Minimally invasive surgery is a name given to wide a range of procedures with a common goal: treatment that is less traumatic to the patient and that allows a faster return to a normal lifestyle and activities. In surgery of the spine, three main factors are contributing to a rapid proliferation of options for patients who once faced more extensive open surgeries and a prolonged recovery time.
Less Invasive Spine surgery can mean:
– smaller surgical incisions
– decreased operative time
– avoiding or minimizing the need to cut through muscle
– reduced loss of blood
– reduced scarring
– a more rapid healing time
Traditionally, surgical treatment for many injuries and diseases of the spine meant a large open incision, a fusion (or permanent joining together of bones) and a lengthy recovery period. Non-fusion technologies are replacing that scenario, as in the case of degenerative disc disease, in which the normal discs in the spine become thinner and weaker. As the cushioning effect is lost, the patient experiences pain and stiffness at the site of the damaged disc or discs. Fortunately, only about 20% of cases require surgical treatment, which, until recently, was fusion of the affected vertebrae (the bones surrounding the disc.) By eliminating motion, the surgeon eliminated the patient’s pain.
By comparison, fusion requires an open incision in the patient’s back that may range in length depending on how many discs are affected. Patients with disc replacement usually begin physical therapy at 6 weeks and can return to normal function in 3 months. Patients who undergo fusion begin physical therapy at 3 months and return to most activities at 6 months. Preliminary results from the trial indicate that disc replacement and fusion provide comparable medium-term results; long-term results with disc replacement remain to be assessed. At present, this surgery is restricted to diseased discs in the lumbar spine, the area that corresponds to the lower back.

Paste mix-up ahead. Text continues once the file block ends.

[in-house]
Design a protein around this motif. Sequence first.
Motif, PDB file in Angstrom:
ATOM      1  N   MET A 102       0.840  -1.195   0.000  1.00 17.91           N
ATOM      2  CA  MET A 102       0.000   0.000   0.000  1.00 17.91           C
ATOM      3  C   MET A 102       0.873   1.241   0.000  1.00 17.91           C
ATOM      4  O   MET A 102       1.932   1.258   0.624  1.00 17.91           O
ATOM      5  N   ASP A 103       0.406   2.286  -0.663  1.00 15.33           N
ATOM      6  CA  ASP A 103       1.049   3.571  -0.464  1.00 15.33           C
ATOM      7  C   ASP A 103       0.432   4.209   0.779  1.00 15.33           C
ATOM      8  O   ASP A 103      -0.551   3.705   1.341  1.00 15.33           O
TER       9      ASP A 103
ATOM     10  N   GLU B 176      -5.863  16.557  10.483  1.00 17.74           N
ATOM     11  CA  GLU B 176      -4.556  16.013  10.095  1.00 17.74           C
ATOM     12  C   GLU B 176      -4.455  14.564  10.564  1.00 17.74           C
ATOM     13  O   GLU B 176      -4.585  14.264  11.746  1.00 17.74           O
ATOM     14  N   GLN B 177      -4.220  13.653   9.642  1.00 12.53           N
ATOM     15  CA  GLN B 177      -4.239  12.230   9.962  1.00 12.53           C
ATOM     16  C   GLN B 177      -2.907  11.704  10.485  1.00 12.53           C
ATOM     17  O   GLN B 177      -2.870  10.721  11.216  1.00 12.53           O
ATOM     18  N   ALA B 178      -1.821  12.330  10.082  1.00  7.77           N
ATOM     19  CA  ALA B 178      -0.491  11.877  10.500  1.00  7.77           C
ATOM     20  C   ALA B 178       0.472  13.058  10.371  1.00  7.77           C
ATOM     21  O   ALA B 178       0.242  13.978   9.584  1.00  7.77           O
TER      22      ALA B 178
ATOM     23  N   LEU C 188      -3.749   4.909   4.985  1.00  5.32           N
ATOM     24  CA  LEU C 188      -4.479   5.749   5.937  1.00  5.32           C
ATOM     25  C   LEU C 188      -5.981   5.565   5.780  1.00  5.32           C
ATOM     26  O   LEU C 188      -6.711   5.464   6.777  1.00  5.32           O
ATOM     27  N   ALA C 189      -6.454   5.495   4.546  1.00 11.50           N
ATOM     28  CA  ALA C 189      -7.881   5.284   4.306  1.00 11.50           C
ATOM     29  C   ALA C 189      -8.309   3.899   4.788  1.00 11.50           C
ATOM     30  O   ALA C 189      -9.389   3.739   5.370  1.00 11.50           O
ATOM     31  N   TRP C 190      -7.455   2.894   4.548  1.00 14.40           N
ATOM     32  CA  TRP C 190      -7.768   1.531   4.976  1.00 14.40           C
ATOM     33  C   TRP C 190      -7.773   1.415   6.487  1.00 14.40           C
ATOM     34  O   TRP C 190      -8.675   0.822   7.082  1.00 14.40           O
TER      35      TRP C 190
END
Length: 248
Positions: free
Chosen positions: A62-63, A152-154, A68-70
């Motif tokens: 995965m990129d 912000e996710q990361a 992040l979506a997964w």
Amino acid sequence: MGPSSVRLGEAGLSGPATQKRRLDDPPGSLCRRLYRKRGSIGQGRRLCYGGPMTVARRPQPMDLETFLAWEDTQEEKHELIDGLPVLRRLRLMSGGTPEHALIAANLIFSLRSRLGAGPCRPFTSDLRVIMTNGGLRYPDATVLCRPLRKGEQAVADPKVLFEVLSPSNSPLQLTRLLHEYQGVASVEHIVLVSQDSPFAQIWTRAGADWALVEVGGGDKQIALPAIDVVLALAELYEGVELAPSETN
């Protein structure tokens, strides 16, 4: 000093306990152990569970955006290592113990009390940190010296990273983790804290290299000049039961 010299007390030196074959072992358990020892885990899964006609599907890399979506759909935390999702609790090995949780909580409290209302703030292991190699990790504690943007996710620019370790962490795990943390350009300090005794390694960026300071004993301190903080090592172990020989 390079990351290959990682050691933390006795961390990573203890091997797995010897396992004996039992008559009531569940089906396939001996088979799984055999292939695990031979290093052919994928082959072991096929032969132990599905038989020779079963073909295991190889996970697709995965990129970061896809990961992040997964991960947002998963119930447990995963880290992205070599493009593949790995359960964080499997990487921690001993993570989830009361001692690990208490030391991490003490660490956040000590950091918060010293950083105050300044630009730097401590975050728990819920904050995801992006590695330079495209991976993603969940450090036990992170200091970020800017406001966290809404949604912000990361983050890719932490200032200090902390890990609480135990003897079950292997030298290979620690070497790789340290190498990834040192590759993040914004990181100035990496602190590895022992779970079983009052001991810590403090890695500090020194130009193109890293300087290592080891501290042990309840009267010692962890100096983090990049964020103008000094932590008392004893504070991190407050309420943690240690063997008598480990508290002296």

Physicians at Coast Orthopedic Surgery Center also perform a number of minimally invasive surgeries with the use of endoscopes (an instrument that provides a view the interior of the torso) and arthroscopes (an instrument that provides a view inside a joint). This technology allows orthopaedic surgeons to address various conditions of the spine, using only small incisions to position the scopes, a miniaturized camera, and small instruments. One of the most successful of these procedures is micro-discectomy to provide relief of pain caused by herniated discs that are compressing or pinching a nerve in the spine. A small incision of an inch or so is made, the disc fragment is removed from the spine, and pressure is taken off the nerve. Patients are generally kept at the surgery center overnight and go back to work in about a week to ten days.
Additional endoscopic surgeries include: